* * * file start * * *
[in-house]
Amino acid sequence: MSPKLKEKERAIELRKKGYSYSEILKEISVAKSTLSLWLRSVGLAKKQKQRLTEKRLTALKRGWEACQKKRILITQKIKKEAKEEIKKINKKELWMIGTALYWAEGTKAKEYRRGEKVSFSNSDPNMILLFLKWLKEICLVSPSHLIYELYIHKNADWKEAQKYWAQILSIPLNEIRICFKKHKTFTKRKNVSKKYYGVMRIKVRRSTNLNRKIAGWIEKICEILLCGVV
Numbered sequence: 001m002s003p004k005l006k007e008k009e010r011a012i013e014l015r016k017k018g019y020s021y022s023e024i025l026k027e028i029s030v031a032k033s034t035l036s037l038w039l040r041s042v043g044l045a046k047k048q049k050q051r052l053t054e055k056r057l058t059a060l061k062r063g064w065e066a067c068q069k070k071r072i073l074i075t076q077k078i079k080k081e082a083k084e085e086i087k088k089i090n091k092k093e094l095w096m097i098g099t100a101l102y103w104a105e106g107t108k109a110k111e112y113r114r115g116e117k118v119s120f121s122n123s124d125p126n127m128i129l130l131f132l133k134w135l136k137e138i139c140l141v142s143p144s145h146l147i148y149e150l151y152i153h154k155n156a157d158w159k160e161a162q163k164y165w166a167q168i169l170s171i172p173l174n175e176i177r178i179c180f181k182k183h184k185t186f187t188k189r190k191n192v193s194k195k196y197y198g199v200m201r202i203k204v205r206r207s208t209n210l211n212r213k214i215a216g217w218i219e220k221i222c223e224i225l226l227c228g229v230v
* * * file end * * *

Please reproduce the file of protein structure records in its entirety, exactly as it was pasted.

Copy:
[in-house]
Amino acid sequence: MSPKLKEKERAIELRKKGYSYSEILKEISVAKSTLSLWLRSVGLAKKQKQRLTEKRLTALKRGWEACQKKRILITQKIKKEAKEEIKKINKKELWMIGTALYWAEGTKAKEYRRGEKVSFSNSDPNMILLFLKWLKEICLVSPSHLIYELYIHKNADWKEAQKYWAQILSIPLNEIRICFKKHKTFTKRKNVSKKYYGVMRIKVRRSTNLNRKIAGWIEKICEILLCGVV
Numbered sequence: 001m002s003p004k005l006k007e008k009e010r011a012i013e014l015r016k017k018g019y020s021y022s023e024i025l026k027e028i029s030v031a032k033s034t035l036s037l038w039l040r041s042v043g044l045a046k047k048q049k050q051r052l053t054e055k056r057l058t059a060l061k062r063g064w065e066a067c068q069k070k071r072i073l074i075t076q077k078i079k080k081e082a083k084e085e086i087k088k089i090n091k092k093e094l095w096m097i098g099t100a101l102y103w104a105e106g107t108k109a110k111e112y113r114r115g116e117k118v119s120f121s122n123s124d125p126n127m128i129l130l131f132l133k134w135l136k137e138i139c140l141v142s143p144s145h146l147i148y149e150l151y152i153h154k155n156a157d158w159k160e161a162q163k164y165w166a167q168i169l170s171i172p173l174n175e176i177r178i179c180f181k182k183h184k185t186f187t188k189r190k191n192v193s194k195k196y197y198g199v200m201r202i203k204v205r206r207s208t209n210l211n212r213k214i215a216g217w218i219e220k221i222c223e224i225l226l227c228g229v230v